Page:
3. The Caps are second in the league in faceoff winning percentage (57.6 percent). Only Toronto (57.9 percent) outranks them.
4. Odd fact…the Caps are the only team in the league with both a one-goal win and a win by three or more goals. But hey, it’s early.
5. The Caps have the worst special teams time differential in the league. They have spent 9:11 more time on penalty killing than they have on power plays.
The Peerless’ Players to Ponder
Tampa Bay: Steven Stamkos
When Steven Stamkos is healthy, he scores goals. Over the last eight seasons of his career, he played in 70 or more games five times and scored 35 or more goals five times. He topped 40 four times. Even in the abbreviated 2012-2013 season he recorded 29 goals in 48 games, a 50-goal pace. The trouble is, he appeared in fewer than 40 games in two of the last four seasons. He missed 45 games in the 2013-2014 season to a broken leg and 65 games last season to a knee injury. Even so, in those two seasons combined he recorded 34 goals over 54 games, a 52-goal pace. He is the most effective goal scorer (0.55 goals per game since he entered the league in 2008-2009) not named “Ovechkin” (0.59 goals per game over that span) in the NHL. That Tampa Bay is on the short list of Stanley Cup contenders this season is due in large part to the expected contribution – and durability – of Stamkos this season. In 35 career games against the Caps, he is 15-14-29, minus-14.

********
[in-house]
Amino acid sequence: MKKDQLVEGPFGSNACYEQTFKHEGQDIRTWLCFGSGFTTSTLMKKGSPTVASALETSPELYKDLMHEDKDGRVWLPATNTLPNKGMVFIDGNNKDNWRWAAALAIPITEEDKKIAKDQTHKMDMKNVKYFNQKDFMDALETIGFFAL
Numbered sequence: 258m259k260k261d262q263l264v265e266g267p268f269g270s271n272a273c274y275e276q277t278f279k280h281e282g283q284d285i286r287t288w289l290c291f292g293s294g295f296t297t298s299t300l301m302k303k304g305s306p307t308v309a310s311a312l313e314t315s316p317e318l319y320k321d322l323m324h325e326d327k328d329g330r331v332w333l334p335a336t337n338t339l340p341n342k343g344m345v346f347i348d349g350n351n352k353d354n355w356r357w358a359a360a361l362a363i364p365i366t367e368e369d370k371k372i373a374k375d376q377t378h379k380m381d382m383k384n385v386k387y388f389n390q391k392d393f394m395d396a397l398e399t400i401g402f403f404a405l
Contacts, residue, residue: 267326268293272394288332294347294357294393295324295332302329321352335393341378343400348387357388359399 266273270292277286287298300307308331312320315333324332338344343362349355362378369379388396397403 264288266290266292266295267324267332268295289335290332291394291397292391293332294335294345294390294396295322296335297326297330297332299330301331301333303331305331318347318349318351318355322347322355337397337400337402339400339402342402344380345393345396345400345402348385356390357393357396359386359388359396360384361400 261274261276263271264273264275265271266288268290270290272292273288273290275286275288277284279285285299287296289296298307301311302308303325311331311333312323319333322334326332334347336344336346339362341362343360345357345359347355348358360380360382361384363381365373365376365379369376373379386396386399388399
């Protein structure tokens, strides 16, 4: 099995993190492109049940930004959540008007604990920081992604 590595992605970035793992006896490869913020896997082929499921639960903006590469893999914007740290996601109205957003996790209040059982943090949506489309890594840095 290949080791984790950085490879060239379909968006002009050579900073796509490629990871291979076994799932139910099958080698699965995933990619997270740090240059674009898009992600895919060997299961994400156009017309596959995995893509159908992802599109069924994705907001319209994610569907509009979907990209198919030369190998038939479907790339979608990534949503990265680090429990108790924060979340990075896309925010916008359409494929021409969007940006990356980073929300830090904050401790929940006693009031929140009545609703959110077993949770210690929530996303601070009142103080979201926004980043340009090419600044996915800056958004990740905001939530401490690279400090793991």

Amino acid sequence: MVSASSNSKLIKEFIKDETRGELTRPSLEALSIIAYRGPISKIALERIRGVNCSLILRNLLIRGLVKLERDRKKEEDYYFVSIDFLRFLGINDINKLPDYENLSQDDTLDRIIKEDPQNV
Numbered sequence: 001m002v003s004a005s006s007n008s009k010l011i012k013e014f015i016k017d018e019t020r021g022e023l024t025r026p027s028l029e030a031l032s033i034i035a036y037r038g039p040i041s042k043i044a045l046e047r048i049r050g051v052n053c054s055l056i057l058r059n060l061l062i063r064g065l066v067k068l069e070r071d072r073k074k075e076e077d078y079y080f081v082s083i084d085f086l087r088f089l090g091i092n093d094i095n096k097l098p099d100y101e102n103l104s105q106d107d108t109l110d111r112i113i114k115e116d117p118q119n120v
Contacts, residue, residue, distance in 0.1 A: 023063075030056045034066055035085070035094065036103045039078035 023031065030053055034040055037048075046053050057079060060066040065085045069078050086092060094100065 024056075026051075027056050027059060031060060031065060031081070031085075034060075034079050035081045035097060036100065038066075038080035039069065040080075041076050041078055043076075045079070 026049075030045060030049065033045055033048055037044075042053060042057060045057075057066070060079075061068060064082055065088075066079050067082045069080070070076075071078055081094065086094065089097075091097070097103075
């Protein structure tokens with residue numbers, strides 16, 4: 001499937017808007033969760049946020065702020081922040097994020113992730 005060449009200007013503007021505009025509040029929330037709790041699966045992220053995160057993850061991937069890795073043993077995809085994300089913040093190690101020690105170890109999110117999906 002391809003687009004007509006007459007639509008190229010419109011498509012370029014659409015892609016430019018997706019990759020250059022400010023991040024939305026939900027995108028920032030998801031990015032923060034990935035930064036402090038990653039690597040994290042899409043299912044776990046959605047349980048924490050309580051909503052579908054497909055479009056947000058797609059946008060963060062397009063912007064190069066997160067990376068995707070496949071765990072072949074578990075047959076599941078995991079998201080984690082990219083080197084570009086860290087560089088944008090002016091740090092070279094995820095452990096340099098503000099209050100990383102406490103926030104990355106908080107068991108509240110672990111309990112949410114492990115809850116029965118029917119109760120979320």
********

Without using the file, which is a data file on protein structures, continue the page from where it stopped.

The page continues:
Washington: T.J. Oshie
If you were asked, which Capital has more career goals per game against the Tampa Bay Lightning than any other Capital, you would reflexively respond “Alex Ovechkin.” Good answer. He has 41 goals in in 63 games against the Lightning (0.65 per game). You would also be wrong. T.J. Oshie has 10 goals in 14 career games against the Lightning (0.71 goals per game), one of four teams against which he has posted at least ten goals and the only one who was exclusively a member of the Eastern Conference (Columbus, Dallas, and Nashville are the others). Oshie had his only hat trick of the 2016-2017 against Tampa Bay at Amalie Arena in a 5-3 win. He also had three goals in three games against the Bolts in the 2015-2016 season with the Caps. Oshie has been something of a road warrior with the Caps, too. In 76 road games with the Caps over the past two-plus seasons he has 28 goals, second on the club to Alex Ovechkin (40).
In the end…
If there is a to-do list early, these teams have them. The Caps will be looking to get more balanced goal scoring. Not that seven goals in two games from Alex Ovechkin is a bad thing, but three from the rest of the lineup could use improvement. The other side of that coin for the Caps is getting other players getting shots to the net. The 8.1 shooting percentage from players not named “Ovechkin” is not bad, but they have to improve on the 37 shots on goal they have in the two games so far. Lars Eller, Evgeny Kuznetsov, and Jay Beagle each have only one shot on goal; Nicklas Backstrom has only two. For the Lightning, the task at hand is preventing goals. Eight goals allowed in two games is not a cause for panic, but neither is it sustainable for a contender. All things considered, though, one would rather have the Caps’ “problems,” to the extent they have them.
Capitals 4 – Lightning 2